"Relatively few stepchildren are close to their natural fathers or have enough contact with them to permit the fathers to play a prominent role in their upbringing," she said, adding that fewer than 30 percent receive any child support.

Mason also believes that stepparents should remain responsible after divorce for half the years that the marriage lasted, thereby covering a vulnerable period when children lose their msot financially secure parental support.

Divorce affects up to 40 percent of stepparent marriages, she said, and there is no safety net when children lose a stepfather as there is after the divorce of natural parents.

"Many stepparents might not want this financial responsibility, but if they also are given parental rights and no longer are treated as nonpersons, they might feel differently," she said."

As it is, she said, stepparents "are acting as parents, but they are not recognized by the law. They can't even sign a consent slip for the child's field trip."

"If the wife dies and the stepfather has raised the children, custody now normally goes to the natural father, with no rights for the man who has really been the father," she said. Such a case occurred recently in Michigan where a stepfather lost custody of a nine and ten-year-old that he had raised since infancy. After the mother's death, custody was awarded to a biological father whom the children had rarely seen.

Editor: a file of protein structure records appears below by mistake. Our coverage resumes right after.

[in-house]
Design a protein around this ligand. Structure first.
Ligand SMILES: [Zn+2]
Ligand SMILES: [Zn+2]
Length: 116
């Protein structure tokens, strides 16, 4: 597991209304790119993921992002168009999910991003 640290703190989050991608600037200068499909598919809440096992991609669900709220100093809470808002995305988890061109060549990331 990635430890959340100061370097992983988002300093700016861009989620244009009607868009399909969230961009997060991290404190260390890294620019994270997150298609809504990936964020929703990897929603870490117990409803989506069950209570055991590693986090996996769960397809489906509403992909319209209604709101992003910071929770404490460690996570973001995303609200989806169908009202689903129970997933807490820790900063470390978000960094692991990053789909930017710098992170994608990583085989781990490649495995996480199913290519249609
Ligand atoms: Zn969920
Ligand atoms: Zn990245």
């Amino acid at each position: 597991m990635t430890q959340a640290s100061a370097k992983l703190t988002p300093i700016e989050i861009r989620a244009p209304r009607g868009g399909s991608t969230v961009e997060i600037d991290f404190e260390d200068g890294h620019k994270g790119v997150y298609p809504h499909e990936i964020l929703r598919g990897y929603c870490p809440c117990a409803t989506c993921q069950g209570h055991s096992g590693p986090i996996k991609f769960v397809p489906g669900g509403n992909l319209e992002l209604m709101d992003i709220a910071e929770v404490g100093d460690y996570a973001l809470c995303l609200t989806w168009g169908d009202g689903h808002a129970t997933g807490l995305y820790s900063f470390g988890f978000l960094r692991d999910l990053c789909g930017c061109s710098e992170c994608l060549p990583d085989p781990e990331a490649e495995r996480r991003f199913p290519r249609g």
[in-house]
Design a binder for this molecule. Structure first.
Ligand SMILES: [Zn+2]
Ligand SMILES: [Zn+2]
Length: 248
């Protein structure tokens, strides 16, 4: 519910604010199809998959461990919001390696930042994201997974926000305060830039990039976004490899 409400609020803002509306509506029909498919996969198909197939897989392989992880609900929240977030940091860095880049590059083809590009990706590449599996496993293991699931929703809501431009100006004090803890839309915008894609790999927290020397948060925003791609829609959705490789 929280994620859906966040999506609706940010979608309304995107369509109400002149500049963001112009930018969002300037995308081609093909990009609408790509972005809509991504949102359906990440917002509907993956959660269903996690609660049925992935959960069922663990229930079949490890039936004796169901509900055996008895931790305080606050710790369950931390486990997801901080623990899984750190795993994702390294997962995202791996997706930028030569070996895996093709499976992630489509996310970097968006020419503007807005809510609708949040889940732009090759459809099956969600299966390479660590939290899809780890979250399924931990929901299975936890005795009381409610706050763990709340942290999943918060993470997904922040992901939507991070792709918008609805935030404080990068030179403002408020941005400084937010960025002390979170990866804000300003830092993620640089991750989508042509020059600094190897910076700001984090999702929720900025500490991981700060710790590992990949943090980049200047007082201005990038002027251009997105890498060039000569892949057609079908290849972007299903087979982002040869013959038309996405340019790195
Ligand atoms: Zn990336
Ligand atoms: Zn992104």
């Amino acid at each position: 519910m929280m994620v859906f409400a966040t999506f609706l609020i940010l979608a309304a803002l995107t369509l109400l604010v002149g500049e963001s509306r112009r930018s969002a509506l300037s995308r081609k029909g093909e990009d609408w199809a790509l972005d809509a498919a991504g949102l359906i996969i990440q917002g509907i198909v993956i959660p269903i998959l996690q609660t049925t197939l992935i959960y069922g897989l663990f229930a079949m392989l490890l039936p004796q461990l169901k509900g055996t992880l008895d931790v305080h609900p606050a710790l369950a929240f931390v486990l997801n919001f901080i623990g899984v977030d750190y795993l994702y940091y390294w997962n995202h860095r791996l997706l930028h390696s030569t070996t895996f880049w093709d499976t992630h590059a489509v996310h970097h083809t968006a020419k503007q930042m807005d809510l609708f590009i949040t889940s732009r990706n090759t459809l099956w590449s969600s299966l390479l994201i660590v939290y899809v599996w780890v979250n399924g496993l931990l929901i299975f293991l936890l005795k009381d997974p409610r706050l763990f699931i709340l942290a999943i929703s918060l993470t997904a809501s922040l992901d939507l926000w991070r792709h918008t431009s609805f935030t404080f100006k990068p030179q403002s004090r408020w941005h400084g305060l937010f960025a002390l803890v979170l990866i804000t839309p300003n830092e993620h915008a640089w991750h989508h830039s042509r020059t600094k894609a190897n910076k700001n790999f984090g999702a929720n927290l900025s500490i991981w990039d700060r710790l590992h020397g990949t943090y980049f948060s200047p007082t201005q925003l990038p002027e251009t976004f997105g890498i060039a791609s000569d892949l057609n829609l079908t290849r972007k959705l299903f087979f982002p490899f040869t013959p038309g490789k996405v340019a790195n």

Mason said stepparents regularly file suit seeking custody or visitation rights, but in most states, they don't have the legal standing to bring such a case.

An important aim of reform is to strengthen the stepparent family, said Mason, who hopes that new rights and duties as parents will remove the ambiguity that afflicts the stepparent role.

Relationships between stepparents and stepchildren are fraught by problems, she said. Studies have shown that stepparents are most often disengaged and lacking in authority, while the stepchildren range from actively negative to disengaged.

"There are certainly some exceptions to this picture, but overall, the bonds need to be strengthened," she said.

"Stepparents don't know how they are expected to behave, and that may be why it is so difficult," said Mason. "Changes like this at least give them a chance to be more involved and to make their role stronger and cleaner."

Mason and Simon also want to create inheritance rights for minor stepchildren, and they advocate extending death benefits and other kinds of governmental support to children who lose a stepparent.

Currently, government policy is enormously confused, said Mason. The federal government, for instance, assumes that stepparents are supporting stepchildren and counts that income in determining eligibility for many kinds of public programs. Yet, states have no requirement that stepparents support stepchildren and don't count the income for any purpose.


For further information, Professor Mary Ann Mason can be reached at UC Berkeley, at

(510) 643-6661.